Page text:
Tuesday, December 13, 2011

Multiplication Unit

Multiplication Unit

My multiplication unit begins with a review of arrays.

I love my magnetic


Large Arrays
Before my students begin modeling their own large arrays, we spend a couple of days creating arrays using pre-made templates from AIMS Marvelous Multiplication and Dazzling Division book. Students position base ten blocks to visualize the process of multiplication.  
 I copied and laminated enough of these templates for each student in my classroom, and placed them in manilla file folders.  I also placed base ten blocks in plastic baggies.  This makes it simple to quickly hand out the materials and get started on the activity.

My students enjoy creating their own large arrays.

  Here are a few of our large arrays.  My students label each section of the array.  When they are finished with the large array, the children use the distributive property to check their answers at the bottom.

"The Properties"
 Commutative, Associative, and Distributive properties of multiplication. 

My students created
their own designs to
model the 
Associative Properties

I thought this design for 
the Associative Property
was very creative.  
It's hard to believe that a 9 yr. old
can draw this well, but, she can!

I am particularly fond of the football jersey models of the properties. My son is the kicker for our high school football team and his number is 5.  This child always goes to the football games and the other 2 numbers he is modeling are our 2 of our team's starters...one of which is his cousin.  I think this is a good example of using prior knowledge to problem-solve :)

Multiplication Grids 

When my class gets to larger multiplication problems, I use a grid that I purchased from a school supply store years and years ago. I placed magnets on the back of the grid to use on my magnetic whiteboard.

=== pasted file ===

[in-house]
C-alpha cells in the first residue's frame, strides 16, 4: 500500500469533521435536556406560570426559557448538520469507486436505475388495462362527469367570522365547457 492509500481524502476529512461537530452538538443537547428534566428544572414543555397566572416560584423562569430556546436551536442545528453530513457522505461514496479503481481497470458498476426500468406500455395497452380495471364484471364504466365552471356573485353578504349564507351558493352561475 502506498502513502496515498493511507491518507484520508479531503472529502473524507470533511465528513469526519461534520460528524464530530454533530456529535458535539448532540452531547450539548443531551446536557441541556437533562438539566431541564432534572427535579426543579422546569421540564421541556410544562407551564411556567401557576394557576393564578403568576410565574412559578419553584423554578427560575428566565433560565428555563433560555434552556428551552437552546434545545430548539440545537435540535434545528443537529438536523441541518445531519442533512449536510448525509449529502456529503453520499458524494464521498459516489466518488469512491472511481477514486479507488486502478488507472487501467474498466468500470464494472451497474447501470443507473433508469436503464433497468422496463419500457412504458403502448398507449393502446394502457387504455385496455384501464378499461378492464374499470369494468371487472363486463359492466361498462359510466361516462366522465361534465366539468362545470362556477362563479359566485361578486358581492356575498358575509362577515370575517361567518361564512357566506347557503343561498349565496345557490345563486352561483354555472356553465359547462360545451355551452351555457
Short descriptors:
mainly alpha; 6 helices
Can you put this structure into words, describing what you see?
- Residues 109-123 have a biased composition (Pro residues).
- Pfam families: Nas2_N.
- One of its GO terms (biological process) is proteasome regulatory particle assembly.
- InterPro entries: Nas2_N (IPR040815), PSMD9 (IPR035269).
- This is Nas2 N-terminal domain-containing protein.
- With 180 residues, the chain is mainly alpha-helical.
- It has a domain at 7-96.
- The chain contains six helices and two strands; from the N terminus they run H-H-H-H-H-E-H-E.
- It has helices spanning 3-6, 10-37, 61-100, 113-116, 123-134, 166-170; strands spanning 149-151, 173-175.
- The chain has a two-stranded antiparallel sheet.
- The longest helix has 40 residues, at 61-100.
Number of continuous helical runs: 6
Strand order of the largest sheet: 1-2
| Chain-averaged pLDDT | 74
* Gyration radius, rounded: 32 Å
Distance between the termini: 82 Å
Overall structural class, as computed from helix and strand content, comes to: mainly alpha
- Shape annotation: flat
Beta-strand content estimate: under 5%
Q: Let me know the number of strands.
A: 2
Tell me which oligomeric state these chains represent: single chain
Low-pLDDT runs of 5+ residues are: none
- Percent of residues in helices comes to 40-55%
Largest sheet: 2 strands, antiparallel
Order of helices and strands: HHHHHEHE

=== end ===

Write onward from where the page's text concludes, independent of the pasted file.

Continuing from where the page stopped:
I begin by placing a post-it note on the digit on the second row that is not being multiplied.  Then I switch the post-it to the other digit and multiply.
This way the students do not become confused.

My students model the large grid by using 
 grid paper at their desks.  (This centimeter grid paper is large enough to write a digit in each square.)  The grid paper guides students to place the digits in the correct columns and keep them aligned correctly.
I have my students cut out a single centimeter square at the bottom of the grid to cover the digits not being used on their own grid paper.  (I have shaded in the centimeter square so you can see it on the picture above.)

Birds of a Feather
 This is a 2 x 2 digit multiplication activity.  It takes a while for the students to finish.  First, the students work out 24 problems on notebook paper, then transfer the answers to the Birds of a Feather handout.  Finally, the
they cut and paste the birds onto the handout.  The directions tell which birds go with which numbers.  

As you can tell by the notebook paper laying on the corner of the desk, there is a lot of work involved with this multiplication activity.

iPad Time!
Since learning multiplication times tables is not a 4th grade standard, I try to work in as much time as I can anyway to let the students practice them...because we all know that even though they are supposed to have mastered the times tables in 3rd grade, it is a myth that they will know them all in 4th grade. One way we occasionally practice is with the iPads.  Our school has a couple of class sets of these, so, whenever I can get my hands on them, we use them.  The kids absolutely love them.

 Our computer teacher placed several times tables' activities on the iPads.

Of course, sometimes my kids get off task :)  
(I don't mind nearly as much when they are off task, if it is a present for me!)

1 comment:

  1. Would love to know the multiplication apps that are shown in the pictures. I find it hard to find apps that I like, honestly.